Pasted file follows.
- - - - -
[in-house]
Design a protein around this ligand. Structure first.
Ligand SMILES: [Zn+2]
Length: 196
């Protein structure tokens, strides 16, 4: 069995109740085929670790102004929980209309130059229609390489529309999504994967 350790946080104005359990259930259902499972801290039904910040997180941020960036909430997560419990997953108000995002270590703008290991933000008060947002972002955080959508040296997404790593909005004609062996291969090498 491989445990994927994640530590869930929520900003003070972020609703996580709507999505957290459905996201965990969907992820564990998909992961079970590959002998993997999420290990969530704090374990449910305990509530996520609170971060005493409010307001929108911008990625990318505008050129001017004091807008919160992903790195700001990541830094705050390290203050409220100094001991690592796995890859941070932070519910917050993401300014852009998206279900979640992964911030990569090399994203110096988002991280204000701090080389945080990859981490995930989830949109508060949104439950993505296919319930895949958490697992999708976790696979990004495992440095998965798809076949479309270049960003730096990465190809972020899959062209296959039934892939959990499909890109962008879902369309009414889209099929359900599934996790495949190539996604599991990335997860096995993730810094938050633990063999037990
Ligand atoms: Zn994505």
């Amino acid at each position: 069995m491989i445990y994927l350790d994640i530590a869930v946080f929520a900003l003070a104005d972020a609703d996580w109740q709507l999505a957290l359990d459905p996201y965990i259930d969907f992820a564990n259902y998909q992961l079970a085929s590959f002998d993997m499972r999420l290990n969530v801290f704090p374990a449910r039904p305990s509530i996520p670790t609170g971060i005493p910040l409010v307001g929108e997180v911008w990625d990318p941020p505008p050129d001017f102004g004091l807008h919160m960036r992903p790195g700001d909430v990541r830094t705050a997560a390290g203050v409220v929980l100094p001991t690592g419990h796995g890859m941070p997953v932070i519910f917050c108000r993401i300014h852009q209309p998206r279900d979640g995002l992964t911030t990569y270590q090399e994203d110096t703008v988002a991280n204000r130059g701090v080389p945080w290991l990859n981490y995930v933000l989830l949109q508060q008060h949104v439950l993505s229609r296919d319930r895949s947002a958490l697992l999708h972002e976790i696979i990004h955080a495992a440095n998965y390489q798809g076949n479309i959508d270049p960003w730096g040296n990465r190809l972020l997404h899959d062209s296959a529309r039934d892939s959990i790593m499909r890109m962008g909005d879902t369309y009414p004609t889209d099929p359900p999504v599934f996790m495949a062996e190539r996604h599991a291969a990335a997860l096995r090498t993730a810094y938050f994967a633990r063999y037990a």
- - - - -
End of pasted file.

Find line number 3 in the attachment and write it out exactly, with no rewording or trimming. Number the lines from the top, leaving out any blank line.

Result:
Ligand SMILES: [Zn+2]